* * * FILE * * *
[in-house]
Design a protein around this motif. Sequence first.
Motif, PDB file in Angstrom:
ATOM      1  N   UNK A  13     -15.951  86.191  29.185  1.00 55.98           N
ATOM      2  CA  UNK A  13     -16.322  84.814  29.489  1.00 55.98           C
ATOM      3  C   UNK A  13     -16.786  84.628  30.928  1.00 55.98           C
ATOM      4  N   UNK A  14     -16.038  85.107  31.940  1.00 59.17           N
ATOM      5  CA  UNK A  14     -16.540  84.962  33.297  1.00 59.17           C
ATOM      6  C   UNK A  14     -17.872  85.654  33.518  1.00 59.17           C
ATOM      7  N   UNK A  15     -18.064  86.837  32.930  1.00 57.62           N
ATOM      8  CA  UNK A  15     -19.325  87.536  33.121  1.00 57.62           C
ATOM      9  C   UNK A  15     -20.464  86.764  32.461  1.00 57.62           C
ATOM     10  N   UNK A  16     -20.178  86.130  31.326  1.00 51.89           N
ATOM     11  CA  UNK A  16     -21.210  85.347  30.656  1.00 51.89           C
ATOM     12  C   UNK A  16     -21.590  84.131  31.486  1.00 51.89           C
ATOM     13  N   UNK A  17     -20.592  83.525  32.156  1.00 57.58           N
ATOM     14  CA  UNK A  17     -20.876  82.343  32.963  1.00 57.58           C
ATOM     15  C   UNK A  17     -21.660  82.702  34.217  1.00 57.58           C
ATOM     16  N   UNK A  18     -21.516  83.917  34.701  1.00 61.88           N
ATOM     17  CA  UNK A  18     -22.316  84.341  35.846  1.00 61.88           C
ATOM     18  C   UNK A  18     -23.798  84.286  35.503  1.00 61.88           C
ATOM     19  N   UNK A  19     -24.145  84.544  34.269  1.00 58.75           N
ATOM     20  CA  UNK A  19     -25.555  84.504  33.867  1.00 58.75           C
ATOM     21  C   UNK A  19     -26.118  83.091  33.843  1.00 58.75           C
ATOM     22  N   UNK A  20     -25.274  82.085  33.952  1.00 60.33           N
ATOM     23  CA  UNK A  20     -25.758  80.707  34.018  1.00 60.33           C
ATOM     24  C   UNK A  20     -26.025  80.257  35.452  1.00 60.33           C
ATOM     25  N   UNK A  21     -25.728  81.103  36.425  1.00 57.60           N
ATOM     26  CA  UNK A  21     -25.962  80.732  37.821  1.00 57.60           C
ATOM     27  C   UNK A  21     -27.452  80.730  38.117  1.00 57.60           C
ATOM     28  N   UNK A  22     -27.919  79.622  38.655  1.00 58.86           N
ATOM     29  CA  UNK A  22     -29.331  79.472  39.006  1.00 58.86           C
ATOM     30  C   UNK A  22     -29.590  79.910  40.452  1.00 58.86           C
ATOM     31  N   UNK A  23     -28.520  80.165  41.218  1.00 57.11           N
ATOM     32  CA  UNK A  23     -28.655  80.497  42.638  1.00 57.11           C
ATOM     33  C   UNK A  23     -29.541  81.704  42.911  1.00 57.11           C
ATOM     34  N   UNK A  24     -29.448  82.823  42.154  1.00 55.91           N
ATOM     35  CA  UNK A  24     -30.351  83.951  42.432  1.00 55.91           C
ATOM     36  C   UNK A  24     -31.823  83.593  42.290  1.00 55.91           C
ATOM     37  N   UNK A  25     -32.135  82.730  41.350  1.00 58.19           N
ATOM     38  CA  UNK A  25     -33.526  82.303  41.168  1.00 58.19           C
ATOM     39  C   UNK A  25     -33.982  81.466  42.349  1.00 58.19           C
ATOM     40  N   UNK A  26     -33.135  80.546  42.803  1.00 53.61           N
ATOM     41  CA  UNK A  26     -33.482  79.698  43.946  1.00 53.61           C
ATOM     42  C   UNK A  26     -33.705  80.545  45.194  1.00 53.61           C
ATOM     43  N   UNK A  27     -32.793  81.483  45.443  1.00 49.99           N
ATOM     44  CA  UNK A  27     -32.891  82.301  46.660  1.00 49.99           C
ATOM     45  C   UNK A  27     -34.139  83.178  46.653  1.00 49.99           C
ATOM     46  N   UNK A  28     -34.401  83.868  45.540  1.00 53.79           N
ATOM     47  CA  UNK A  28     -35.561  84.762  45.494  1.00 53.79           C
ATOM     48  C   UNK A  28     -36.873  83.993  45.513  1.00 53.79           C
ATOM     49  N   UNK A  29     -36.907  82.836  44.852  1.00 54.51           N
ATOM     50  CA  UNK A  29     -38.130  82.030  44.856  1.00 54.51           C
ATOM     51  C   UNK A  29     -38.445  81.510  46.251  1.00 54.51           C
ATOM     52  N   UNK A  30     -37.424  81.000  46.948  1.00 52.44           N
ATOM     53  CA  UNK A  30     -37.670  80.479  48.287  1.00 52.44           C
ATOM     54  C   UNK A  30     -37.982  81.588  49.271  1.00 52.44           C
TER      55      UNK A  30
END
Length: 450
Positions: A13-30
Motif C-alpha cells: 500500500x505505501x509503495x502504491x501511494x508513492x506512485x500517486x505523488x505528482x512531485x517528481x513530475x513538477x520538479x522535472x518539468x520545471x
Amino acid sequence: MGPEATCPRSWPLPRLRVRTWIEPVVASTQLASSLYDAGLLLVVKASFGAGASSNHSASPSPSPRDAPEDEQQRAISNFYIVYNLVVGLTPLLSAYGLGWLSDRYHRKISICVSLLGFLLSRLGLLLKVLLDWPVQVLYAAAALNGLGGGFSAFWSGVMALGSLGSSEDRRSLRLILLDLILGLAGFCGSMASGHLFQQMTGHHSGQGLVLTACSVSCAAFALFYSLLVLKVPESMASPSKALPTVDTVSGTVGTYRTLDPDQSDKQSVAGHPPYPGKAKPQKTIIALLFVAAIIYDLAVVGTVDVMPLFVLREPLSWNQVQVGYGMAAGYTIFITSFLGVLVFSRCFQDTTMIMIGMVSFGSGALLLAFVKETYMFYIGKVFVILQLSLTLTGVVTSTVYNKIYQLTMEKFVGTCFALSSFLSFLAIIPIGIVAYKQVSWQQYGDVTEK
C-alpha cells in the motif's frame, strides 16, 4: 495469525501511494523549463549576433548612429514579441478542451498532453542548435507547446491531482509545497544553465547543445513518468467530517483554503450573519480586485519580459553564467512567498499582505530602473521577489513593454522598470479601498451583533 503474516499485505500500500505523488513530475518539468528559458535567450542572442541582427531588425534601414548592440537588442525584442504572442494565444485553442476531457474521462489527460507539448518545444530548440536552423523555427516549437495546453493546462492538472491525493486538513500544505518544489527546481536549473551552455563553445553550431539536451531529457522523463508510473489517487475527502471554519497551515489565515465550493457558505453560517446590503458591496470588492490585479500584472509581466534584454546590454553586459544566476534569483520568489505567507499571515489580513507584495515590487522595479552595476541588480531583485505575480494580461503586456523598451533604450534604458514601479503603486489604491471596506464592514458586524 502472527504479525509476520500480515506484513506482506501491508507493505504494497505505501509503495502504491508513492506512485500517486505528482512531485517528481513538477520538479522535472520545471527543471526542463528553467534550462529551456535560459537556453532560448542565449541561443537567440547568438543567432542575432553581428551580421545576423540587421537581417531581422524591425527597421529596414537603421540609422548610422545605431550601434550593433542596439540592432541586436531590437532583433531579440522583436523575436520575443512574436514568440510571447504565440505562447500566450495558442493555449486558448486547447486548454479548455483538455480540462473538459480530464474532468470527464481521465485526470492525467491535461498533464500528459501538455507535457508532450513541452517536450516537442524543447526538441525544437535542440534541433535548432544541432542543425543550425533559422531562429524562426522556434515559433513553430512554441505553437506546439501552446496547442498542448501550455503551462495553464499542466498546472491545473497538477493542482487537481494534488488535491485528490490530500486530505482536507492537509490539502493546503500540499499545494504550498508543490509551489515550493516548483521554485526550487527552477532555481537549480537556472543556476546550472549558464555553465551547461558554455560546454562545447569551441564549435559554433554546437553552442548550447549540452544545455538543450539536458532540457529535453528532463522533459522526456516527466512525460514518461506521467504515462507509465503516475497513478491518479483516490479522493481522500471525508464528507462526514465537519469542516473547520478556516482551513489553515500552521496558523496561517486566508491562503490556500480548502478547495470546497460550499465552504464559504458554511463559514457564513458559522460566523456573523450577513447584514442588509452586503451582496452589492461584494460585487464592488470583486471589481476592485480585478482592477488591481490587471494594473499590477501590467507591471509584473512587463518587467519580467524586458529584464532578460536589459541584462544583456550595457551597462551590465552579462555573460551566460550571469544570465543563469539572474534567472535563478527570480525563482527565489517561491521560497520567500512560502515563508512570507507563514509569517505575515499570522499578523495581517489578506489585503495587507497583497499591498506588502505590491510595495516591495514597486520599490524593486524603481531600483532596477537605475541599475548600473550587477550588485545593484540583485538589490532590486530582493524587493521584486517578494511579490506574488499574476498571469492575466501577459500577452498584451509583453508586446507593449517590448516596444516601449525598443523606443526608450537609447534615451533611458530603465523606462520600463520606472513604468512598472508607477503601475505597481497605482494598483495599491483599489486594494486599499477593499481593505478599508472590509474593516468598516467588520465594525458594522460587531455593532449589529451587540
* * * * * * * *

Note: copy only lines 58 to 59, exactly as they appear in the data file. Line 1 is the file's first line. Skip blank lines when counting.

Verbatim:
TER      55      UNK A  30
END